I found this interesting; Revolution 2020. Excerpt:
Aristotle, in Book 5 of the Politics, describes how revolutions kill regimes (such as America’s) that balance the contrasting interests of ordinary people with those of the wealthy, of officials, and of other prominent persons. As the balance between any complex regime’s components shifts over time, the system may seamlessly transform into unmixed democracy, oligarchy, or some kind of monarchy. The revolution may be barely perceptible—providing that those who impose themselves, whether from above or below, do so without adding insult to injury.
But, if the party that takes power thereby destroys the friendship that had bound the several parts, even trifling incidents can spiral into all-consuming violence. Thucydides’ account of the revolution that destroyed Corcyra during the Peloponnesian War is prototypical. The French revolution, the Spanish civil war, and countless others echo it. Today, the oligarchic transformation of America’s republic is turning violent. Aristotle, however, points out that oligarchies born of violent revolution tend to succumb to the very violence that births them, quickly degenerating into some kind of tyranny or one-man rule. Restoration of anything like the original constitutional regime is most unlikely.
The U.S. Constitution had codified as fine a balance between the powers of the Many, the Few, and the One as Aristotle may have imagined by arming the federal government’s components, the States, and ordinary citizens (via the first ten Amendments as well as elections) with means to maintain the balance. Its authors, however, were under no illusions about the efficacy of “parchment barriers” to prevent interests from coalescing into factions against the common good. During the 19th century, interests and opinions in the South and the North coalesced into antagonistic ruling classes that fought the century’s bloodiest war. In the 20th, the notion that good government proceeds from scientific expertise, as well as the growing identity between big business and government, fostered the growth of a single nationwide Progressive ruling class. Between the 1930s and the early 21st century, the centralization of administrative power in this class’s hands did much to transform the American republic established in 1776-89 into an oligarchy.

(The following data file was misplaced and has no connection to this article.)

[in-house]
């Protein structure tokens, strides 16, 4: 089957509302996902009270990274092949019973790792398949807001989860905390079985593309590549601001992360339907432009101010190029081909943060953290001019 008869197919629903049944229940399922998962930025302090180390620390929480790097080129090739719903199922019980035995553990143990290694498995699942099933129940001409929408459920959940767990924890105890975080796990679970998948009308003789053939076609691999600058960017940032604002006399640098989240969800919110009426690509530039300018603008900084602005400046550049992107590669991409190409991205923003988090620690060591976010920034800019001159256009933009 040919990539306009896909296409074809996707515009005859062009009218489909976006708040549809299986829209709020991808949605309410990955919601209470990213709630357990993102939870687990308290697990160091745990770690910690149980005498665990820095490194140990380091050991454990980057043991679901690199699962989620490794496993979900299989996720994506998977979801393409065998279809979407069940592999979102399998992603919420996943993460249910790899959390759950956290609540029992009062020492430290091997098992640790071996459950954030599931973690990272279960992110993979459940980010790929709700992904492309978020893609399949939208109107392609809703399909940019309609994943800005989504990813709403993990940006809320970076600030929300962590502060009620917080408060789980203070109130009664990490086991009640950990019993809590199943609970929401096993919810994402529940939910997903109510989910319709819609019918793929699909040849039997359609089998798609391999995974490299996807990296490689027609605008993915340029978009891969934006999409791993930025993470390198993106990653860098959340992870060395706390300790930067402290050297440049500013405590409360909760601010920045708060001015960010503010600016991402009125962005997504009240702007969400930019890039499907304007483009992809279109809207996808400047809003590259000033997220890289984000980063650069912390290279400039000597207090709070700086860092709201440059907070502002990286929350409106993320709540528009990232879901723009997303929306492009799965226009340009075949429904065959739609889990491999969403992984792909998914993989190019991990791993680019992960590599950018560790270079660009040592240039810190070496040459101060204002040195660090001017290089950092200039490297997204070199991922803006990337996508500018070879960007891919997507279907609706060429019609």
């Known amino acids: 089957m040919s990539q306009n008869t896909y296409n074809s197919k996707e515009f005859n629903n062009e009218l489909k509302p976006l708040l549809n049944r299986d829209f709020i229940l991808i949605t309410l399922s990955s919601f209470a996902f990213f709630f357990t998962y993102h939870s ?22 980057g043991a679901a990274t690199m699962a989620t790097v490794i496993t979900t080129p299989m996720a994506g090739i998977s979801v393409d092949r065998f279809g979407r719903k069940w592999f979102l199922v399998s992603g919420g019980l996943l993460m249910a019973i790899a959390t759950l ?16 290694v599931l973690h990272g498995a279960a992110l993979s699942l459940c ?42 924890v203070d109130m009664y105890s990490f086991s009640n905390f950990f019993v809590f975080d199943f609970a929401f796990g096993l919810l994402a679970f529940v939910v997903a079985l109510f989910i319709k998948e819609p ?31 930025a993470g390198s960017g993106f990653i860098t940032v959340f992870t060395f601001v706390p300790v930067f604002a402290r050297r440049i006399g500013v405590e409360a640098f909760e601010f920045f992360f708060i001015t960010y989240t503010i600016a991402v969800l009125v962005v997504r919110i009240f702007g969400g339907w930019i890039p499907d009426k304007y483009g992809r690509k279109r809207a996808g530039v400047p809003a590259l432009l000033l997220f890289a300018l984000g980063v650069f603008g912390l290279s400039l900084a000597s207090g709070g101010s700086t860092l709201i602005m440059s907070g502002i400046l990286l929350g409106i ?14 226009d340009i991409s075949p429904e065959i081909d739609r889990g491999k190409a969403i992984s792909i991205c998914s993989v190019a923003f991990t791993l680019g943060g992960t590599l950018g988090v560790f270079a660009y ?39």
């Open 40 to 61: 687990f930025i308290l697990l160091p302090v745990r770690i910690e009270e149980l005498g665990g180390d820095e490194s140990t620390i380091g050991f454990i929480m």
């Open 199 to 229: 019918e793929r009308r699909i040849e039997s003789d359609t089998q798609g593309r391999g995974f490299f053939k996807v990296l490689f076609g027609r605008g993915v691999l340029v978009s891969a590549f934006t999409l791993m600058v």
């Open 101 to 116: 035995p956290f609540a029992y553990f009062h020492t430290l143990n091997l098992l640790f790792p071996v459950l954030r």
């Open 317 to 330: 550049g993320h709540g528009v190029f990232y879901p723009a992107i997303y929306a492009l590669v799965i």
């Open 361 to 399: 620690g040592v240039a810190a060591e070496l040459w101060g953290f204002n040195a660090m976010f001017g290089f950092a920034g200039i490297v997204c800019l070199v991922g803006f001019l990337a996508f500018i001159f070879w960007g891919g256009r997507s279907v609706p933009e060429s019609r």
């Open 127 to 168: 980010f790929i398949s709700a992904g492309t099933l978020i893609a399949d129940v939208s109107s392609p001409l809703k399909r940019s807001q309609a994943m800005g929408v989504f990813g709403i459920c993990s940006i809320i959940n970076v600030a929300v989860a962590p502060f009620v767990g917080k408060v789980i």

The Constitution of the United States is probably the best founding document, the best statement of governing principles, ever devised by the mind of Man.
And our Congress has been wiping their asses with it since about 1860.
Here’s the excerpt from the above that concerns me:
Today, the oligarchic transformation of America’s republic is turning violent. Aristotle, however, points out that oligarchies born of violent revolution tend to succumb to the very violence that births them, quickly degenerating into some kind of tyranny or one-man rule. Restoration of anything like the original constitutional regime is most unlikely.
See the Roman Republic, for example.
In setting up the country, the Founders used (some of) the principles of the Greek and Roman Republics as examples, leavened with the then-recent thinking of the Enlightenment. And it’s not impossible that the United States could wander down the same path as did Rome. And once the trigger is tripped, “Restoration of anything like the original constitutional regime is more unlikely.”
Go read the article. I’ve read it three times. I really can’t add anything to it.